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University, 23andMe Identify Genetic Allergy Associations

DNA Strands (


Two large-scale population studies associating allergies to genomics discovered 16 genetic regions associated with common allergies, including pollen, cats, and dust mites. The findings from the studies that combined databases collected by the Avon Longitudinal Study of Parents and Children at Bristol University in the U.K. and the personal genetics company 23andMe in Mountain View, California appear online this week in the journal Nature Genetics (paid subscription required).

The Avon database is the result of a long-term health research project that enrolled more than 14,000 mothers during their pregnancies in 1991 and 1992, and has followed the health and development of their children since that time. The project is also known as Children of the 90s. The Avon database is part of a larger EArly Genetics and Lifecourse Epidemiology or EAGLE Consortium that combines the Avon data with 15 other similar pregnancy and health databases.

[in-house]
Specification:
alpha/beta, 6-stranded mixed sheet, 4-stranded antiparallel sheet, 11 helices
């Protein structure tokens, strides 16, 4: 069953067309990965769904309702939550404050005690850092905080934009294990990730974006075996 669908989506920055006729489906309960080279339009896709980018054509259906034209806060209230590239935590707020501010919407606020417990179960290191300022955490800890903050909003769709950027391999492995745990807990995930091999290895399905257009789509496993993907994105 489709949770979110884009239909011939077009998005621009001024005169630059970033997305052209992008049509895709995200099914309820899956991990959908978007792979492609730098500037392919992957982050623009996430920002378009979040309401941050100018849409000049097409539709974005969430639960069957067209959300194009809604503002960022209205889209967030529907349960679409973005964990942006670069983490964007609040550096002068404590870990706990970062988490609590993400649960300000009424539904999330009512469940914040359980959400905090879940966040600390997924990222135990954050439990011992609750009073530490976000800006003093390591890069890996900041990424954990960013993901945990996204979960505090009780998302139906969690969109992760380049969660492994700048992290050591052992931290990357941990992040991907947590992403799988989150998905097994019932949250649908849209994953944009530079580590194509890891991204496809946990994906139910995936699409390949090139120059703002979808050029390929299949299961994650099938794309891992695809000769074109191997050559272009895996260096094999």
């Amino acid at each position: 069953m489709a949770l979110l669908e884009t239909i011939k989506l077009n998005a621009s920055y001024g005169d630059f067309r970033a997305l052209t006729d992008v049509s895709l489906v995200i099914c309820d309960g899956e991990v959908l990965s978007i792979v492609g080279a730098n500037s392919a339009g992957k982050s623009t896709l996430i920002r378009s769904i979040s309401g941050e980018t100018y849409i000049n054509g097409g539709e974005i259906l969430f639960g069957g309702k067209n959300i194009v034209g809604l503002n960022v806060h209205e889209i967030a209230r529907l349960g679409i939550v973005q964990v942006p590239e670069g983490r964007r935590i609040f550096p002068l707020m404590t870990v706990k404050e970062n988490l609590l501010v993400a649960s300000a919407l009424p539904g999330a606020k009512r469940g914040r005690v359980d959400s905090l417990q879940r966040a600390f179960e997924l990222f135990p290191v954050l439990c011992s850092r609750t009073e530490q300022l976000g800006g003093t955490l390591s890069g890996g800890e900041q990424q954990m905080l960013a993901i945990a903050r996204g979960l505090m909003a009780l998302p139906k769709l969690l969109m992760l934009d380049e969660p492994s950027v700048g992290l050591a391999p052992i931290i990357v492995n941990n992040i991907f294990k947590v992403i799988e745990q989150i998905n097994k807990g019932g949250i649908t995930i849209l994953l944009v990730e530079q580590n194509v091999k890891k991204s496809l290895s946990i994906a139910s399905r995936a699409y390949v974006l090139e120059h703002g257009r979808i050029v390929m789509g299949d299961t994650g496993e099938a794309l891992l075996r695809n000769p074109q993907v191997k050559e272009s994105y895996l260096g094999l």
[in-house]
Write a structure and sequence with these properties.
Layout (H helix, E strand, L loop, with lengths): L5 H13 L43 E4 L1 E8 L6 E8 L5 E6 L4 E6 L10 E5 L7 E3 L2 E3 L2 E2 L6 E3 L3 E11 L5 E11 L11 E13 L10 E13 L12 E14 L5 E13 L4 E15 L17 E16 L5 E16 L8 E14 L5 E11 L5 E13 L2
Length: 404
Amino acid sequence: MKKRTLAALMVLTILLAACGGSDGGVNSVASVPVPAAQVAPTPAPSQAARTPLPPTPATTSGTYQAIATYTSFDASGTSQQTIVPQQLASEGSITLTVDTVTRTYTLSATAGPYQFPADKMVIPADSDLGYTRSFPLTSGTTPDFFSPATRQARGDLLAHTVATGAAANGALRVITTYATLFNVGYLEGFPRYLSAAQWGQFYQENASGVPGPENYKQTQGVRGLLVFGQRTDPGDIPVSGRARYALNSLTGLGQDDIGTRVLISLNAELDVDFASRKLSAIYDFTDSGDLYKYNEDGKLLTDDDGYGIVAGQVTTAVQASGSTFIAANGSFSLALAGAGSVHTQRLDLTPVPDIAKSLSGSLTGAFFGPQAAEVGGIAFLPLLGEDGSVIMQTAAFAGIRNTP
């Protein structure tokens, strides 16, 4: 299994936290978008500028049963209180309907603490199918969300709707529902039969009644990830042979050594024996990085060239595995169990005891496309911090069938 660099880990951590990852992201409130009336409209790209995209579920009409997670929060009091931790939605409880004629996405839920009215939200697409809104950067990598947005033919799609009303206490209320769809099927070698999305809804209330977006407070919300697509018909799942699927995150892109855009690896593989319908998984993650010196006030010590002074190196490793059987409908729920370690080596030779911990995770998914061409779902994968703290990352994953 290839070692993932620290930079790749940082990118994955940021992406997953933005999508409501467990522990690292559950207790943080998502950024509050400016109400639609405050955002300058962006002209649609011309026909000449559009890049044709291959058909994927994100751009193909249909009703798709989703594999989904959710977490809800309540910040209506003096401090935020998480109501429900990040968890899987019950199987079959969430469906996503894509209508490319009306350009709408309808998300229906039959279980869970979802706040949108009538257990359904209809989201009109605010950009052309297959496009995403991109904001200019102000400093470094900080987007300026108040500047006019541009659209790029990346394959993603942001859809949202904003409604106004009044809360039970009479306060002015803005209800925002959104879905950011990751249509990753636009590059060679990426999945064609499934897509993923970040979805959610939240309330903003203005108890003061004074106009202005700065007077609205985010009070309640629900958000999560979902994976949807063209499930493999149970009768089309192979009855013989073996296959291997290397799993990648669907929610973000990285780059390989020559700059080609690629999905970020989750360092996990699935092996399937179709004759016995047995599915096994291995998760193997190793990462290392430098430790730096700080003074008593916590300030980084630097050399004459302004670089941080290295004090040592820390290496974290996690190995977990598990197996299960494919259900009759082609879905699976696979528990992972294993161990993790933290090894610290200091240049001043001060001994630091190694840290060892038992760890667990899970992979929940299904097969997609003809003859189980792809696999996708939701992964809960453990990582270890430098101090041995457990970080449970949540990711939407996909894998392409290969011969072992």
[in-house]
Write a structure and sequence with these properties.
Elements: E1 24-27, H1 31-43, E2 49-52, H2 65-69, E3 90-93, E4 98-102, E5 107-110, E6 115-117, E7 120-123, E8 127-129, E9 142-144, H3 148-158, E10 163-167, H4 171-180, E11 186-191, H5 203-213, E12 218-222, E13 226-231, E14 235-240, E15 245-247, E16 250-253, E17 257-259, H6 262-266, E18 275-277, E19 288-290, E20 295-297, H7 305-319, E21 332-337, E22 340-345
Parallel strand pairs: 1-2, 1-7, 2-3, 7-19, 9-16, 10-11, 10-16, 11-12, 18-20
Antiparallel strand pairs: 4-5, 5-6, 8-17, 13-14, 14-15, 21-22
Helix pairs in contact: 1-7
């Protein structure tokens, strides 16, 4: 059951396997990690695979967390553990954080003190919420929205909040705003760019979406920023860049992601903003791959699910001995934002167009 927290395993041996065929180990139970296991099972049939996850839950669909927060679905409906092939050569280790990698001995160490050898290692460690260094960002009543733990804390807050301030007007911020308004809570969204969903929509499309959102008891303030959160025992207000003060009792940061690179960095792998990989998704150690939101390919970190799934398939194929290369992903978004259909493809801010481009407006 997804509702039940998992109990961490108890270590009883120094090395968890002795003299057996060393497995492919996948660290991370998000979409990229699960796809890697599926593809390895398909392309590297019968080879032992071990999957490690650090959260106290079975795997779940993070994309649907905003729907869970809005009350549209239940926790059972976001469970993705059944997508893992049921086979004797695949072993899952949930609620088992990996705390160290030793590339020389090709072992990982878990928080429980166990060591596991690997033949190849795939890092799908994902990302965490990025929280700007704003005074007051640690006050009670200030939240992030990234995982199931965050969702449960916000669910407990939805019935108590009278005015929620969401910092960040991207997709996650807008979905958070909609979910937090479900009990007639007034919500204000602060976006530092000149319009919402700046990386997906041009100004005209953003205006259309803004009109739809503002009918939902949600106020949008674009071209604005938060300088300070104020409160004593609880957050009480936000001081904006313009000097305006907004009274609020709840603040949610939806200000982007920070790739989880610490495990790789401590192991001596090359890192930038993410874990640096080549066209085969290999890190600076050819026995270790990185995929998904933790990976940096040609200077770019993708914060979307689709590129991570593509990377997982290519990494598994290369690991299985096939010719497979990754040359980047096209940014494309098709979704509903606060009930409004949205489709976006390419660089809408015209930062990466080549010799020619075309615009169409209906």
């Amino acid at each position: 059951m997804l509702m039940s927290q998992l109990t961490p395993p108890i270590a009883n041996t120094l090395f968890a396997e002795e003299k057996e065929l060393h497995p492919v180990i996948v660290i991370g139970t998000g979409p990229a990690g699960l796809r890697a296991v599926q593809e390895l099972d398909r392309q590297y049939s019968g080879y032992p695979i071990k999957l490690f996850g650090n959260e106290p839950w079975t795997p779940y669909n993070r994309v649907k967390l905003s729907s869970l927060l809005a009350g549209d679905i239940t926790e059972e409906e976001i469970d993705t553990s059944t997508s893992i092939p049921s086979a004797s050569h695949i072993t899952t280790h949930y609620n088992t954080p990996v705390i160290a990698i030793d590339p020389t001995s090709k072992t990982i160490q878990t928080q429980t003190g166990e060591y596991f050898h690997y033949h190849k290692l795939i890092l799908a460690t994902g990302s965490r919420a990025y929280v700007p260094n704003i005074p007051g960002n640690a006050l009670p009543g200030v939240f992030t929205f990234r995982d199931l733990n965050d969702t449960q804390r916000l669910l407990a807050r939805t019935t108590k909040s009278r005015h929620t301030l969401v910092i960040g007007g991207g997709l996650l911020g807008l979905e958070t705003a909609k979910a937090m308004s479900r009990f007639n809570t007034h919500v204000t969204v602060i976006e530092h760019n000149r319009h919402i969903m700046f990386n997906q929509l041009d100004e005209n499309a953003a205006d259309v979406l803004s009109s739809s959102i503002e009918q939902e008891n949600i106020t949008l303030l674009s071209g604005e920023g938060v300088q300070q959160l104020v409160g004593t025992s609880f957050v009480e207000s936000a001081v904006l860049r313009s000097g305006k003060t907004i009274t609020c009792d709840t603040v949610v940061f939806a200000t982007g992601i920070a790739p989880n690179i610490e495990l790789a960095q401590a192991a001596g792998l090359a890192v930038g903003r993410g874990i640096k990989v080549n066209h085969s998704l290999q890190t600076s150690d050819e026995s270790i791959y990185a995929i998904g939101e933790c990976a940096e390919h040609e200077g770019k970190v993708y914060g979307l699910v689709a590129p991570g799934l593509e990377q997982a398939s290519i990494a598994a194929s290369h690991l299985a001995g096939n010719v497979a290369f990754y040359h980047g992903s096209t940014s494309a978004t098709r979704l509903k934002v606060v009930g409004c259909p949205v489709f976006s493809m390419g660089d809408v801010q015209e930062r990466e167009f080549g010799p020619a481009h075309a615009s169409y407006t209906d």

In the first study, researchers from the EAGLE consortum sampled from its combined databases some 5,800 allergy sufferers, as indicated by results of blood or skin-prick tests, compared with about 10,000 people without allergies. A second phase of the study replicated the inquiry with about 6,100 allergy sufferers and 9,900 people without allergies.

The analysis of allergic versus non-allergic individuals identified single-nucleotide polymorphisms or SNPs — individual DNA sequences — associated with allergic sensitivities in 10 regions of the genomes of people with allergies. Those 10 regions accounted for an estimated 25 percent of the allergies in the population.

The second study drew nearly 54,000 entries from the 23andMe and Avon databases, in a genome-wide investigation focusing on three leading allergies: pollen, cats, and dust mites. While the EAGLE study used clinical records to identify allergic participants, the 23andMe/Avon study relied on self-reported allergic incidents.

The results identified 16 genetic associations related to the three allergies, in findings similar to the EAGLE study. Eight of the 16 regions were previously associated with asthma. The results from both studies made it possible to compare data from clinical reports and self-reported observations, yet still result in many of the same genes and pathways.

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